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The influence of the dispersion method on the electrical properties of vapor-grown carbon nanofiber/epoxy composites.

Cardoso P, Silva J, Klosterman D, Covas JA, van Hattum FW, Simoes R, Lanceros-Mendez S - Nanoscale Res Lett (2011)

Bottom Line: The influence of the dispersion of vapor-grown carbon nanofibers (VGCNF) on the electrical properties of VGCNF/Epoxy composites has been studied.A homogenous dispersion of the VGCNF does not imply better electrical properties.In fact, it is demonstrated that the most simple of the tested dispersion methods results in higher conductivity, since the presence of well-distributed nanofiber clusters appears to be a key factor for increasing composite conductivity.PACS: 72.80.Tm; 73.63.Fg; 81.05.Qk.

View Article: PubMed Central - HTML - PubMed

Affiliation: IPC/I3N--Institute for Polymers and Composites, University of Minho, Campus de Azurém, 4800-058 Guimarães, Portugal. rsimoes@dep.uminho.pt.

ABSTRACT
The influence of the dispersion of vapor-grown carbon nanofibers (VGCNF) on the electrical properties of VGCNF/Epoxy composites has been studied. A homogenous dispersion of the VGCNF does not imply better electrical properties. In fact, it is demonstrated that the most simple of the tested dispersion methods results in higher conductivity, since the presence of well-distributed nanofiber clusters appears to be a key factor for increasing composite conductivity.PACS: 72.80.Tm; 73.63.Fg; 81.05.Qk.

No MeSH data available.


Left-AC conductivity (σ) at 1 kHz versus volume fraction (ϕ) displayed in a log-linear scale. Right-DC conductivity (σDC) versus volume fraction (ϕ) displayed in a log-linear scale.
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Figure 2: Left-AC conductivity (σ) at 1 kHz versus volume fraction (ϕ) displayed in a log-linear scale. Right-DC conductivity (σDC) versus volume fraction (ϕ) displayed in a log-linear scale.

Mentions: Figure 2 shows the AC conductivity at 1 kHz (left) and the DC conductivity (right) for different volume fractions. Depending on the method of composite preparation, a distinct conductivity behavior is observed. Samples prepared by Methods 1 and 2 reveal a dramatic increase in the DC conductivity of 6 and 8 orders of magnitude (Figure 2, right), respectively, between 0.0006 and 0.003 volume fraction. Methods 3 and 4 generate samples with low conductivity that is almost independent of the volume fraction. The jump of conductivity between 0.0006 and 0.003 volume fraction is also observed for the AC measurements (Figure 2, left). These results indicate that the percolation threshold can be found between 0.0006 and 0.003 volume fraction for the composites obtained with Methods 1 and 2, and at higher volume fractions for those obtained with Methods 3 and 4.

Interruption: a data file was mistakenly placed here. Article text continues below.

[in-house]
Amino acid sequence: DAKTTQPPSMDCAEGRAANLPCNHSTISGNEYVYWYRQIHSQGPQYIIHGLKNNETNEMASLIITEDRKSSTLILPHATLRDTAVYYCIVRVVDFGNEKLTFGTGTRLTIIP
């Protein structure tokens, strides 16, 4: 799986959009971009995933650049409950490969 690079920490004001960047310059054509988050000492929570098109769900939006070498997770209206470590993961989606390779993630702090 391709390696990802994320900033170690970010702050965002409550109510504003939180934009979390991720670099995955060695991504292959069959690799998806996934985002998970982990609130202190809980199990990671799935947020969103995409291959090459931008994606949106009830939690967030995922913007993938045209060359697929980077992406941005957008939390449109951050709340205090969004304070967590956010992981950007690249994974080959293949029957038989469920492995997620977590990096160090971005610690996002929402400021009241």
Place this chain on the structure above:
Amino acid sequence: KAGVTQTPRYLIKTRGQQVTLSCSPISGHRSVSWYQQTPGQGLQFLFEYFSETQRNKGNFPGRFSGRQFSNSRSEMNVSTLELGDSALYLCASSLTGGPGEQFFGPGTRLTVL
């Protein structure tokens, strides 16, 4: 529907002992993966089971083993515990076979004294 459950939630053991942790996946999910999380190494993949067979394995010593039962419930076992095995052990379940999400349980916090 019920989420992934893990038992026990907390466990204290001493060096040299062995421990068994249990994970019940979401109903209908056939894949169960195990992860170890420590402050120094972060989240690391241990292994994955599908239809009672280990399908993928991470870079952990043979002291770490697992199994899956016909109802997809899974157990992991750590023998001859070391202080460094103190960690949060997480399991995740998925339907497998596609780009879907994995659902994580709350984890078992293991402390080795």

The influence of the dispersion method on the electrical properties of vapor-grown carbon nanofiber/epoxy composites.

Cardoso P, Silva J, Klosterman D, Covas JA, van Hattum FW, Simoes R, Lanceros-Mendez S - Nanoscale Res Lett (2011)

Left-AC conductivity (σ) at 1 kHz versus volume fraction (ϕ) displayed in a log-linear scale. Right-DC conductivity (σDC) versus volume fraction (ϕ) displayed in a log-linear scale.
© Copyright Policy - open-access
Related In: Results  -  Collection

License
Show All Figures
getmorefigures.php?uid=PMC3211461&req=5

Figure 2: Left-AC conductivity (σ) at 1 kHz versus volume fraction (ϕ) displayed in a log-linear scale. Right-DC conductivity (σDC) versus volume fraction (ϕ) displayed in a log-linear scale.
Mentions: Figure 2 shows the AC conductivity at 1 kHz (left) and the DC conductivity (right) for different volume fractions. Depending on the method of composite preparation, a distinct conductivity behavior is observed. Samples prepared by Methods 1 and 2 reveal a dramatic increase in the DC conductivity of 6 and 8 orders of magnitude (Figure 2, right), respectively, between 0.0006 and 0.003 volume fraction. Methods 3 and 4 generate samples with low conductivity that is almost independent of the volume fraction. The jump of conductivity between 0.0006 and 0.003 volume fraction is also observed for the AC measurements (Figure 2, left). These results indicate that the percolation threshold can be found between 0.0006 and 0.003 volume fraction for the composites obtained with Methods 1 and 2, and at higher volume fractions for those obtained with Methods 3 and 4.

Bottom Line: The influence of the dispersion of vapor-grown carbon nanofibers (VGCNF) on the electrical properties of VGCNF/Epoxy composites has been studied.A homogenous dispersion of the VGCNF does not imply better electrical properties.In fact, it is demonstrated that the most simple of the tested dispersion methods results in higher conductivity, since the presence of well-distributed nanofiber clusters appears to be a key factor for increasing composite conductivity.PACS: 72.80.Tm; 73.63.Fg; 81.05.Qk.

View Article: PubMed Central - HTML - PubMed

Affiliation: IPC/I3N--Institute for Polymers and Composites, University of Minho, Campus de Azurém, 4800-058 Guimarães, Portugal. rsimoes@dep.uminho.pt.

ABSTRACT
The influence of the dispersion of vapor-grown carbon nanofibers (VGCNF) on the electrical properties of VGCNF/Epoxy composites has been studied. A homogenous dispersion of the VGCNF does not imply better electrical properties. In fact, it is demonstrated that the most simple of the tested dispersion methods results in higher conductivity, since the presence of well-distributed nanofiber clusters appears to be a key factor for increasing composite conductivity.PACS: 72.80.Tm; 73.63.Fg; 81.05.Qk.

No MeSH data available.